To establish a north/south link in the heart of the county, Pierce Transit is weighing the potential of high-capacity transit (HCT).
These systems, designed to carry a larger volume of riders with greater speed, reliability, and frequency than a standard fixed route bus system, can operate either on a dedicated track or lane, or on existing streets in mixed traffic.
With a goal of increasing bus speeds and ridership, in February the Pierce Transit launched a HCT feasibility study along Pacific Ave South (SR 7) between downtown Tacoma and Spanaway. The transit agency said ridership and cost will determine the most appropriate HCT mode, which could include rail, streetcar or bus rapid transit (BRT).
Building a high-capacity transit along this corridor has been in Pierce Transit’s plans for many years, said Alexandra Mather, a government and community relations officer for the agency.
“The economic downturn in 2008 required the project to be put on hold,” Mather wrote in an email. “Fortunately, with sales tax revenues up in Pierce County and successful funding out of the state’s 2015 Connecting Washington package, as well as a $60 million capital commitment for transit speed and reliability in the corridor from ST3 (Sound Transit Three), the project was made a priority for the agency.”
Currently, the 14 mile-long corridor is served by bus route 1, which has the highest ridership in Pierce Transit’s system with an average of 5,950 boardings each weekday. In 2016 route 1 carried 1.7 million passengers. But delays as high as 21 minutes plague the route.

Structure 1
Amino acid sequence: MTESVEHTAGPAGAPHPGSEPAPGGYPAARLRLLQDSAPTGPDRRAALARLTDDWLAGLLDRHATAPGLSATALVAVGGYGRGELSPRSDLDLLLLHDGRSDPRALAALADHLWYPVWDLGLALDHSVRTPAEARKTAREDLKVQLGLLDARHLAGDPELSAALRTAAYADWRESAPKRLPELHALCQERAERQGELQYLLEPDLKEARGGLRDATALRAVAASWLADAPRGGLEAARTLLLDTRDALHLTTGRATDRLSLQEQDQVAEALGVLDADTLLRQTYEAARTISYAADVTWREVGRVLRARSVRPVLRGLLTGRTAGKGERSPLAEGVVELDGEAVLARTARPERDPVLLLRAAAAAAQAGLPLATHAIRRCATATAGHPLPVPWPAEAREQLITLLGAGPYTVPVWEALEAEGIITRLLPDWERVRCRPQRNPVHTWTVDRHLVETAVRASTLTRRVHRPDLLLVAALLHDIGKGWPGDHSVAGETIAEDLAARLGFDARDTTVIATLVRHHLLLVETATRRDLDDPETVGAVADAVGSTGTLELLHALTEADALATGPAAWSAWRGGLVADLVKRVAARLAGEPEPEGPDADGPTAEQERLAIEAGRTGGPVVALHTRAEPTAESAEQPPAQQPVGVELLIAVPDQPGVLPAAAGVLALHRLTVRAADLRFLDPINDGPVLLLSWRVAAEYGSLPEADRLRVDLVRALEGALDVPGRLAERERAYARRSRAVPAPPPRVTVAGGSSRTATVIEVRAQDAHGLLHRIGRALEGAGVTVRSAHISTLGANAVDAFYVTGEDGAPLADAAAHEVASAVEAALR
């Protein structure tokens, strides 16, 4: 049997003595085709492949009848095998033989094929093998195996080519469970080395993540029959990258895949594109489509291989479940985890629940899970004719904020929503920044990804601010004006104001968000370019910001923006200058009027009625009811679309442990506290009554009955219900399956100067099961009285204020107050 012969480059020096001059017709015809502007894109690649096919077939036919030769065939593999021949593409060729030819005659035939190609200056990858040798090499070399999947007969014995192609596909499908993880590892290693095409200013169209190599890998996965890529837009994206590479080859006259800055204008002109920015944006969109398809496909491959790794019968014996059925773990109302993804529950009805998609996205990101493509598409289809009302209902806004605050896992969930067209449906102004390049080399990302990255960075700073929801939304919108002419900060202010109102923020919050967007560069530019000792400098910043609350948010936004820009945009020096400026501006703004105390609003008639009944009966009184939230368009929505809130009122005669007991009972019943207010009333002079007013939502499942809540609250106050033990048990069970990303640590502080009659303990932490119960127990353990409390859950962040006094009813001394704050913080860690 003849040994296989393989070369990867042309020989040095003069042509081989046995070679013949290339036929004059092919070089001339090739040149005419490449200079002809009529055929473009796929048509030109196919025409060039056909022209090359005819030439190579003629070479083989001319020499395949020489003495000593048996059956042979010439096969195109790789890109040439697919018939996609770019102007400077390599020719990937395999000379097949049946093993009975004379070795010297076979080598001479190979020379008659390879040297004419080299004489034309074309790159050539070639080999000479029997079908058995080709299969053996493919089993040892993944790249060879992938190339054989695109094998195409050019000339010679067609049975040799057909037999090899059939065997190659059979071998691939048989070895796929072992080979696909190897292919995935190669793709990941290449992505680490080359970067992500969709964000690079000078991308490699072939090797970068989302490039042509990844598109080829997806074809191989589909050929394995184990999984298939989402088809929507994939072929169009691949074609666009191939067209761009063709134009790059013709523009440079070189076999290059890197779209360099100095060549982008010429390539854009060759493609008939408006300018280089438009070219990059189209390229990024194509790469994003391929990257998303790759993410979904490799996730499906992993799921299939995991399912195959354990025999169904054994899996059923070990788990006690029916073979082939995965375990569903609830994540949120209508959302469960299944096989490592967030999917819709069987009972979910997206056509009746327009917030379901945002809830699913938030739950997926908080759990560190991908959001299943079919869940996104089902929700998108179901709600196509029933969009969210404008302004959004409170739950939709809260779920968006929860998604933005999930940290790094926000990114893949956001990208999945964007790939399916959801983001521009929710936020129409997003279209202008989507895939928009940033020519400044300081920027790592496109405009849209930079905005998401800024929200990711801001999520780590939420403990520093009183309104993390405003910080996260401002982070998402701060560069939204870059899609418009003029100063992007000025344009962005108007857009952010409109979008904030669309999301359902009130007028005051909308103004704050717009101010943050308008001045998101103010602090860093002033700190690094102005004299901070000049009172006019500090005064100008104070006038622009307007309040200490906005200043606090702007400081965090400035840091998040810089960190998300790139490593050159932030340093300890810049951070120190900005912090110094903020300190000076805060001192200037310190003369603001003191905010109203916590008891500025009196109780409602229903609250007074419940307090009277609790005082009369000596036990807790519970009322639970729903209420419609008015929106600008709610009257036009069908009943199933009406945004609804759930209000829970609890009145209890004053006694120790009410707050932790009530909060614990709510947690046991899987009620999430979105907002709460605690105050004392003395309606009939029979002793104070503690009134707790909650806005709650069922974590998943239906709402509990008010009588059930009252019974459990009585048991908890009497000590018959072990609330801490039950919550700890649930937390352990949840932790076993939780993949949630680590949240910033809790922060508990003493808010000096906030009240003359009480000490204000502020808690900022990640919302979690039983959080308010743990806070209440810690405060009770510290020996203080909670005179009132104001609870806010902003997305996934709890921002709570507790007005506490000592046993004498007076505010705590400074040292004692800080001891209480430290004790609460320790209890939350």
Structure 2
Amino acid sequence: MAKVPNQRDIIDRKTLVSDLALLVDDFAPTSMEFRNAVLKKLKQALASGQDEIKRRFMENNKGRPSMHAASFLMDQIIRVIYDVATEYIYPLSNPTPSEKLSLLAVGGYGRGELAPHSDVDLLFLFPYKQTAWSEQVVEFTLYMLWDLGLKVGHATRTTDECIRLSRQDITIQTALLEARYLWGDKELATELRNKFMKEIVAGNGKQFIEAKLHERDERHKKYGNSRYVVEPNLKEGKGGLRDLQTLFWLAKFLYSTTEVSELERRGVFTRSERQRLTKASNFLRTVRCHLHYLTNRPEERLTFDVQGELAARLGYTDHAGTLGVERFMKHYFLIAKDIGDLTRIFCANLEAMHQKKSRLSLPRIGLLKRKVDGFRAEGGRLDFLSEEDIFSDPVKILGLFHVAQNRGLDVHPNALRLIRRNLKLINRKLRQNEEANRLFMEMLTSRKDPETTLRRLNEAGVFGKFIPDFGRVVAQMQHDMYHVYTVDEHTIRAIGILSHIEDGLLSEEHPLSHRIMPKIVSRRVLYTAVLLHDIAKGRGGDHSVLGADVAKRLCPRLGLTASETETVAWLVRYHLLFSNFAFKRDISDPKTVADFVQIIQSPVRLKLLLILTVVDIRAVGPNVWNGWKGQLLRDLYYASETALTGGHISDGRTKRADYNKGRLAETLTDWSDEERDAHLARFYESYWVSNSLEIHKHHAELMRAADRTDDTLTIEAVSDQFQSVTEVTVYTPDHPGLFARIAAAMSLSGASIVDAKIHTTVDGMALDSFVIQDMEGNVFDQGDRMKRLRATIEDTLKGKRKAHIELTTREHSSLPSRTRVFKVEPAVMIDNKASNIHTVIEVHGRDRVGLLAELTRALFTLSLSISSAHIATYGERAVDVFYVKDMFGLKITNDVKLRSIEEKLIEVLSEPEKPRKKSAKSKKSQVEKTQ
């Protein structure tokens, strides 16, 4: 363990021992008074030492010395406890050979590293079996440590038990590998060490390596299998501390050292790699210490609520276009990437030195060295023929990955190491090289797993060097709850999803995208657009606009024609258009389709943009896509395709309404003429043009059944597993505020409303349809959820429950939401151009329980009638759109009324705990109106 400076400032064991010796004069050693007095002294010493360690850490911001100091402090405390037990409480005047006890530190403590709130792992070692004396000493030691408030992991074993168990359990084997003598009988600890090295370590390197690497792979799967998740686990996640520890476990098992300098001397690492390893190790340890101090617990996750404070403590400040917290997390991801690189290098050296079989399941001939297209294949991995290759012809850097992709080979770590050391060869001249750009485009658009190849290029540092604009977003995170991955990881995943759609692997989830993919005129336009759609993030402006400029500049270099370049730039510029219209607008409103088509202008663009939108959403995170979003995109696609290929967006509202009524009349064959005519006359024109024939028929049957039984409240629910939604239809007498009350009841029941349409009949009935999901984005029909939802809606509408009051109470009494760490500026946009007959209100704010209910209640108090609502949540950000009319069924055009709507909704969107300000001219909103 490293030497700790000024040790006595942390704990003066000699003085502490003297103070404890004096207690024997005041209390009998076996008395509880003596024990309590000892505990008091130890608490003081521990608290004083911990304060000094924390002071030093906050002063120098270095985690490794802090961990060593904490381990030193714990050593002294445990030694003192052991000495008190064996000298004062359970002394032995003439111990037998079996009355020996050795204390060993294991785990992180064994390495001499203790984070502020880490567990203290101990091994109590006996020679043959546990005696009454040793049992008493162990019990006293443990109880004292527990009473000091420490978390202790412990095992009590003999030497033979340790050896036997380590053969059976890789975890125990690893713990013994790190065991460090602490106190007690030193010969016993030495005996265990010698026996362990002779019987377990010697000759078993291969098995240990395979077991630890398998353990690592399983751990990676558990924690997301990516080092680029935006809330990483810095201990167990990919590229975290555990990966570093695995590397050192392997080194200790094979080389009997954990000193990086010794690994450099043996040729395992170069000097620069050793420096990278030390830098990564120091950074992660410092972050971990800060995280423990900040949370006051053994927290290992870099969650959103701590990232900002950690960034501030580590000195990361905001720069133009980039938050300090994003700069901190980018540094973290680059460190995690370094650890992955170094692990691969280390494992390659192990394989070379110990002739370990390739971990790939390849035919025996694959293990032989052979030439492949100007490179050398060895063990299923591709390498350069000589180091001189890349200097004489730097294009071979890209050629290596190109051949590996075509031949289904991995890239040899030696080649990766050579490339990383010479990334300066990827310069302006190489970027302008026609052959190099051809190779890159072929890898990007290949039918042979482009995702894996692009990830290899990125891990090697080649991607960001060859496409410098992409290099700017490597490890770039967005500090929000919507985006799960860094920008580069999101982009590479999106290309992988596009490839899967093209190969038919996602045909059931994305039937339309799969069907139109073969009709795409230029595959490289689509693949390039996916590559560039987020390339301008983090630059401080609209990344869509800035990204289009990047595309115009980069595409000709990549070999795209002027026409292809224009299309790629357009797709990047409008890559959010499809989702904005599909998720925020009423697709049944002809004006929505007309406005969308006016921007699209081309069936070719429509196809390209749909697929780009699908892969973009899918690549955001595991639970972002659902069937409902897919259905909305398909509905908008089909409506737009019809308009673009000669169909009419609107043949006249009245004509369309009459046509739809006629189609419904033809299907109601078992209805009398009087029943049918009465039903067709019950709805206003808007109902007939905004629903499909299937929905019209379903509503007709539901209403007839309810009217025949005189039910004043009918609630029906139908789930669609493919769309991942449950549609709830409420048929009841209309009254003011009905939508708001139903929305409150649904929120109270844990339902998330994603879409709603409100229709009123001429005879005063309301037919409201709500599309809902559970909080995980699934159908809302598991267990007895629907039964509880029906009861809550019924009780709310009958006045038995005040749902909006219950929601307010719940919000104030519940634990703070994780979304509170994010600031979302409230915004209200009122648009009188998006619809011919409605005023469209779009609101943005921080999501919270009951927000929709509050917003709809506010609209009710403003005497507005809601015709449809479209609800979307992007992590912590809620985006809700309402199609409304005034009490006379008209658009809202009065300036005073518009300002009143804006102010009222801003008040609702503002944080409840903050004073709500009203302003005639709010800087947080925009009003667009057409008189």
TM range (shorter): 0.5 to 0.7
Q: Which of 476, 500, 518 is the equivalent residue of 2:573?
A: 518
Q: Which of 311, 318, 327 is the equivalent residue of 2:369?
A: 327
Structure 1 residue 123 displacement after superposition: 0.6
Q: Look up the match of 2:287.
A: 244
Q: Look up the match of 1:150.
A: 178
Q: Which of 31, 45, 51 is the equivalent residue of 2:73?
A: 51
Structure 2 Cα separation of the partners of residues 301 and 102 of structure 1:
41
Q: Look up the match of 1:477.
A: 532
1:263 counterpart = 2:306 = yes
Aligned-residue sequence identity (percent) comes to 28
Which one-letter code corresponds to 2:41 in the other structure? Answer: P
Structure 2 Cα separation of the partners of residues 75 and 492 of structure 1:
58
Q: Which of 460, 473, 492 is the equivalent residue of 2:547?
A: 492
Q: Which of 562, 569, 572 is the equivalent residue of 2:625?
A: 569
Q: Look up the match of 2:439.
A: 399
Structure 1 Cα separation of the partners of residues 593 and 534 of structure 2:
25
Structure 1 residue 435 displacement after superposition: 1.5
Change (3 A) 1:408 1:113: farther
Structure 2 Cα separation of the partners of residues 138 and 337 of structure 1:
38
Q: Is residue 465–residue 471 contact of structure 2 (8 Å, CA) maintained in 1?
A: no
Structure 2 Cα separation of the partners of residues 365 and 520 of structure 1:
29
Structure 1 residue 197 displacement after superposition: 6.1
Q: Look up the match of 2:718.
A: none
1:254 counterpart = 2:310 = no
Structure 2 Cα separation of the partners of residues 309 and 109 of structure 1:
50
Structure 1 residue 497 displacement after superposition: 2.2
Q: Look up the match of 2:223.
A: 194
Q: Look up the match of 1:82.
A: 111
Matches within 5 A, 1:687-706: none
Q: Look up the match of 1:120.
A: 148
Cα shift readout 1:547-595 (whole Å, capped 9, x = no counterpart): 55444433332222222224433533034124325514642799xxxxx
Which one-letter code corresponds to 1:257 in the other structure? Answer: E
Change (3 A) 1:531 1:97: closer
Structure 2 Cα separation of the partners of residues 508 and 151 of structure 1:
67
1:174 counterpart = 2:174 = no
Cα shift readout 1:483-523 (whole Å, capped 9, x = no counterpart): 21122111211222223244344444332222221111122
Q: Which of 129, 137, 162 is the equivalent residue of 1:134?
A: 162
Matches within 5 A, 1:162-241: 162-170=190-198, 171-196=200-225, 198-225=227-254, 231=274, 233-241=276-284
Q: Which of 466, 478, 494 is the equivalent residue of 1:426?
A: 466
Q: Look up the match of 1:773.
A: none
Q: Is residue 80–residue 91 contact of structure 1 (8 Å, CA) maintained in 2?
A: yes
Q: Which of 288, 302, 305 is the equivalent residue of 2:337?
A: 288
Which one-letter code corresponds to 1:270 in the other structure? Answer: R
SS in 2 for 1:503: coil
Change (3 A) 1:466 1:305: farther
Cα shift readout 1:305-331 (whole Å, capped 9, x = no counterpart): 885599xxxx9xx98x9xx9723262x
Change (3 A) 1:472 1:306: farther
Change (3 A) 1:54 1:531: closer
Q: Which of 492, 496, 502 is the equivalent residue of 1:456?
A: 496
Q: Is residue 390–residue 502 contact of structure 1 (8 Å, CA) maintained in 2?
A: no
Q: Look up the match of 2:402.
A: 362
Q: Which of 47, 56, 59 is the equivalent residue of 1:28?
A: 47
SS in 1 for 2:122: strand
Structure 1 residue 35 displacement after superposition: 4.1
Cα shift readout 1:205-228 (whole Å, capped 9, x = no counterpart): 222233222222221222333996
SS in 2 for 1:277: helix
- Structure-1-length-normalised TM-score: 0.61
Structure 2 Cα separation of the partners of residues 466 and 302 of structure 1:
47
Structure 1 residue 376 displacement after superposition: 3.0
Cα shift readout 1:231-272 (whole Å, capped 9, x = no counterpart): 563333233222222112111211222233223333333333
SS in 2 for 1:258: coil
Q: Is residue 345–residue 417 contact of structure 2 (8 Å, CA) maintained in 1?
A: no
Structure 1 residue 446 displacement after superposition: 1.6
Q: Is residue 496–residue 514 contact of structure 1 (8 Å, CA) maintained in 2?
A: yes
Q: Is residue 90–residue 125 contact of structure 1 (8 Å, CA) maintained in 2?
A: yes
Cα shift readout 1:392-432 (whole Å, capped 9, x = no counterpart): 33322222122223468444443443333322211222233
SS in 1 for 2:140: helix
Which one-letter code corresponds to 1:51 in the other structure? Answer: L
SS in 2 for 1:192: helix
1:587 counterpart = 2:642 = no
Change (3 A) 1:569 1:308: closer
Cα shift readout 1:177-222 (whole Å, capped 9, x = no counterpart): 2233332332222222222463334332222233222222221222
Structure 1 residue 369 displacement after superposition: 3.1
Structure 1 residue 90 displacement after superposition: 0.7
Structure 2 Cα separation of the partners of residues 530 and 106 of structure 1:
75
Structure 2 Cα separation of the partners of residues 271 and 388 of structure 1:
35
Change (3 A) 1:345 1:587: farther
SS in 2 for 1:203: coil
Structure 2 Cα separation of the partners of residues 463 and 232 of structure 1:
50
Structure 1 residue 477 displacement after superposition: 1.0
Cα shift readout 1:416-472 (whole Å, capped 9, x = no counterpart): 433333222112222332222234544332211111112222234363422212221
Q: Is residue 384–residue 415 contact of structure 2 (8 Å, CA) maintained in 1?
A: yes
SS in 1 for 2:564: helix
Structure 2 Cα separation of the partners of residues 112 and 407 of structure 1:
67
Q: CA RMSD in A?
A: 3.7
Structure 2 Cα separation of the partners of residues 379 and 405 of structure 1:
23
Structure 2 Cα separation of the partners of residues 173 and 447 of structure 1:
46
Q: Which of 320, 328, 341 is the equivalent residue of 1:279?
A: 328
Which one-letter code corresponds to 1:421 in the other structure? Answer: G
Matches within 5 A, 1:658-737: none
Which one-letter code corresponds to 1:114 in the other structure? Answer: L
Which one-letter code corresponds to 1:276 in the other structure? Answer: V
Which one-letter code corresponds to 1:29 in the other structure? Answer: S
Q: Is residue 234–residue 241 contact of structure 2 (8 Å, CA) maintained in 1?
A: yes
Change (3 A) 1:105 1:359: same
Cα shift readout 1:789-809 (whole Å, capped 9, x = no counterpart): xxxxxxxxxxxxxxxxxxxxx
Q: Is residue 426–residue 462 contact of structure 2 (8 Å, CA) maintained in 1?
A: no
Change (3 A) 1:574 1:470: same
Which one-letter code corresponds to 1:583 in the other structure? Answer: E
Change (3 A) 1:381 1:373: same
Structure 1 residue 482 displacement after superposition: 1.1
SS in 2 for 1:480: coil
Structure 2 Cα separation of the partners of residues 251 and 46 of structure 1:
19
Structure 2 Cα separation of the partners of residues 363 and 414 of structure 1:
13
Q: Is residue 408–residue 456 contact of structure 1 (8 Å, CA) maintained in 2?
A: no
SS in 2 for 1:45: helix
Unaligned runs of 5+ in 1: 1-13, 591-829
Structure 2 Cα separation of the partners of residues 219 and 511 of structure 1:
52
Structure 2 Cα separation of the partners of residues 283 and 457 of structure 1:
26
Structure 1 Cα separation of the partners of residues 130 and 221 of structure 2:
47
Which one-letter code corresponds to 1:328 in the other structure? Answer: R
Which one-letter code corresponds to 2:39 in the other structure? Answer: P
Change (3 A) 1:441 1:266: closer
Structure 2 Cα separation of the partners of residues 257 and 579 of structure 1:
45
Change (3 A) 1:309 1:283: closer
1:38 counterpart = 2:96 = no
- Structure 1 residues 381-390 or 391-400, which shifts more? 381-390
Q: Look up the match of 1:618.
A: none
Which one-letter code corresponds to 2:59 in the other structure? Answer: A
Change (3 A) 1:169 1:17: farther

Mather said HCT service will benefit riders by providing more frequent service.
“High capacity transit by nature provides faster, more frequent bus service to the community, such as every 10 minutes or less,” Mather wrote in an email. “By comparison, our current route 1 service — the most heavily utilized of all 36 Pierce Transit routes — runs every 15 minutes.”
The study area, which runs between the Commerce Street Transfer Center in downtown Tacoma to 204th Street E in Spanaway, along Pacific Ave, is home to nearly 55,000 people — 6.7 percent of Pierce County’s population, according to Pierce Transit. The number of residents living along the corridor is forecasted to grow almost 25 percent between 2010 and 2040 with jobs forecasted to nearly double during that same time period.
According to Pierce Transit, average bus speeds in the study corridor have been decreasing, with some segment averaging as low as 6 mph. And with poor service reliability, AM and PM peak trips on an average run 8 to 15 minutes behind schedule.
Mather said this line will connect downtown Tacoma to the Tacoma Dome Station, a transportation hub servicing the Sounder Train, Sound Transit Link light rail, Sound Transit and Intercity Transit regional express routes, Amtrak, Greyhound, and local Pierce Transit service to the south end of Pierce County.
Pierce Transit anticipates choosing a locally preferred alternative (LPA) plan for the corridor by spring 2018. The agency is holding several open houses (September 13, 14, 19 and 20) in Tacoma and Spanaway to present the project to residents.